Why we need to stop saying ‘Suicide is not the answer’.

Comfortable and chicThis week has seen several high-profile suicides, and it’s also sparked a multitude of posts from people talking about suicide, providing support and information, asking questions about suicide, creating conversation and unfortunately condemning those who have taken their life.

I have read some amazingly insightful and heartfelt posts from people who are sad, who understand the impact of suicide from either losing a loved one themselves, or from feeling suicidal at one point in their life.

We have also seen well-meaning posts that really do more impact and damage than people realise.

And that’s the important thing to remember –  the people are being well-meaning when they say these things. They care, and they feel empathy for the person who is in enough pain to take their life, so they say, ‘suicide is not the answer’ and end their post.

And they are right, suicide is not the answer, to the healthy, happy and well people out there. Because when you are well, and everything is going right for you, and you’re not in the deepest darkest pit you have ever been in in your life, suicide just seems so wrong.

But…to the person who sees no way out of their pain, to the person who has tried to seek help but it didn’t work, or they didn’t get the answers they needed, to the person who thinks the whole world would be much better off without them….suicide is the only answer.

That’s hard to hear.

It’s so hard to understand what it would be like to be in that much pain, to be that lonely or lost or just so very tired, it really is, and there is no way we can every understand what it would be like to be in that place.

No one ever wants to think that a person is in that much pain, and they want to stop it. They want to make it better for all people, so they write posts, without understanding the impact their language can have.

By saying ‘suicide is not the answer’……all you are doing is making the person who is feeling suicidal worse.

They know that it’s not always the answer, but it is the only answer they can see. And if it’s so wrong, but it’s the only way they can see out, then obviously they are a horrible and terrible person to think about doing something so wrong, and the cycle continues.

‘I’m feeling bad, the only way out I can see is suicide – but people say suicide is wrong – if it’s the only way out I can see I must be bad – I’m such a bad person I deserve to die.’

I absolutely think that the only way we are ever going to reduce the statistics of suicide in Australia, and globally is to talk about it.  To have conversations, to have debates, to learn and to actively stand up and try and make a difference.

I don’t want to condemn people who write well-meaning posts, I don’t want this blog to be hating on people, because through this conversation, someone may learn something, and that person will tell someone else, who may tell 10, and that is how change happens.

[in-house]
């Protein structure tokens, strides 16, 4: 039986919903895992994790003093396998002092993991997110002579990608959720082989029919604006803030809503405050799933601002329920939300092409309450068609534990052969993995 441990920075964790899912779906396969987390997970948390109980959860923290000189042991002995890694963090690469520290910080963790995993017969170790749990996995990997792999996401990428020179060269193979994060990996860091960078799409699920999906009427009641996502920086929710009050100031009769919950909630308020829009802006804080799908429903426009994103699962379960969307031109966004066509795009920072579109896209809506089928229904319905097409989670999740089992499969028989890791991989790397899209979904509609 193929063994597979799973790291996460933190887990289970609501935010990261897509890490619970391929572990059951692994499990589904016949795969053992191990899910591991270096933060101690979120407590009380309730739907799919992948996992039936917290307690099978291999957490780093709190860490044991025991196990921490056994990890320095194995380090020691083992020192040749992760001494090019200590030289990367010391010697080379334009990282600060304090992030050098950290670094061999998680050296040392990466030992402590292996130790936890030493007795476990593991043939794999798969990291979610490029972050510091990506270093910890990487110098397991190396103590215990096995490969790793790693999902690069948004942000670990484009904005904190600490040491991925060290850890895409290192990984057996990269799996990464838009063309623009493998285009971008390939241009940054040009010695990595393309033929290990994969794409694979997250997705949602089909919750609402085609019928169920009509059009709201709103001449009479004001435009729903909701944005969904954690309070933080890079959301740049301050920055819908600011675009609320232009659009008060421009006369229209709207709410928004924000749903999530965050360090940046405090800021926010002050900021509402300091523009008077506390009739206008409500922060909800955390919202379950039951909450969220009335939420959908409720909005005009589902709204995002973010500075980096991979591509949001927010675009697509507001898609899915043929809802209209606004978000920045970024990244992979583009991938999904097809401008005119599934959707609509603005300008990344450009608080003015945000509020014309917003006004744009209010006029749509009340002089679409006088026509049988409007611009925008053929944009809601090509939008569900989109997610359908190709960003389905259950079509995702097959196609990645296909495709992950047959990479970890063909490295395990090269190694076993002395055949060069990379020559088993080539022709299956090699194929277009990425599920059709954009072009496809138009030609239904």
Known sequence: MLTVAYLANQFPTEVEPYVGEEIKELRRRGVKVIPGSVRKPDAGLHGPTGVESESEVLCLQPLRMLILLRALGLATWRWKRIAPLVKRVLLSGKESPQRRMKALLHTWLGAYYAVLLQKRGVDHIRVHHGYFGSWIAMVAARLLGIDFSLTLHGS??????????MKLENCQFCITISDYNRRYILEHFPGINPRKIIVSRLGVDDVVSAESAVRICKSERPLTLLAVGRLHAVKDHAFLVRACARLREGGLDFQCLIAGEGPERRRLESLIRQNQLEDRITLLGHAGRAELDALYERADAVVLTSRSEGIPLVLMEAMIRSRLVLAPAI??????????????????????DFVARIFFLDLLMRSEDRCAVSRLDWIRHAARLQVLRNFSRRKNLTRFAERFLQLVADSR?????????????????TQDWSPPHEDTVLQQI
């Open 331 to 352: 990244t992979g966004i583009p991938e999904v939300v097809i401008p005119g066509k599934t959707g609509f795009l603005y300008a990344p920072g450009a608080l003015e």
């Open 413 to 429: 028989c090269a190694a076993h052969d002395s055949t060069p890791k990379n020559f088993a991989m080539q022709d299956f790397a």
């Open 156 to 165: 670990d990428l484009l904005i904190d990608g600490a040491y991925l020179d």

So keep having those conversations. keep writing those Facebook and twitter posts, but before you press enter, just take 5 minutes to think – is what I’m writing beneficial? Is it lacking in blame? Is my language correct?  Is this post going to help someone? If the answer is Yes – then go for it!!!

Another thing I want to clear up is that not only famous people take their life. Suicide is something that can affect people of all ages, all races, all socio-economic background – Everyone is at risk of suicide.

I read a post on Facebook that really made me so upset for the lack of understanding and compassion that some people have.

The person had written ‘this happens every year, always 3 people’.

Dear person who wrote that post – On the day that the famous person took their life, 8 Australians and  123 Americans also took their life.

So, no. It’s not always 3 people every year. It is so many many more.

So let me educate you –

  • In 2016, 2,866 Australians died by suicide.
  • 2,151 males and 715 females
  • Suicide rates have increased over the last 10 years

I’m not going to go into all the statistics, if you want more information  and more detailed statistics check out Mindframe here –


I understand that when a celebrity takes their life people want to talk about it, they feel a connection with the person because they liked their singing, or their cooking, or the movies they made.

And I understand that people don’t always have the capacity to talk about suicide, it’s not something that they have ever seen in their life, they don’t know anyone who took their life, so when a celebrity takes their life, they want to talk about it.

And again – that’s great talk about it. Let’s create a global conversation.

But please be careful, please think about what you write, think about who might be impacted by what you write.

If you do know someone who is suicidal, or if you’re feeling suicidal yourself please reach out, use these resources – and if you don’t get the answers you need, try someone else.

Suicide callback service – call 1300 659 467 – available 24/7

Lifeline – call 13 11 14 – available 24/7

Kids Helpline – call 1800 55 1800 – available 24/7

If you would like to know more about how to support someone who is feeling suicidal, or you would like to learn how to identify the signs that someone might be feeling suicidal check out Mental Health First Aid Australia and look at their Mental Health First Aid for the Suicidal Person program.

(Or send me a message as I am a trained facilitator of this program, and other MHFA programs)

So please take care of yourself, give yourself a break. Know that you are loved and cared for, that you are amazing and resilient and very loved. You are a unique and amazing individual who has so much to give and so much to live for.

Please ask for help if you need it, please give someone a chance to prove to you how much of a fabulous human being you are.

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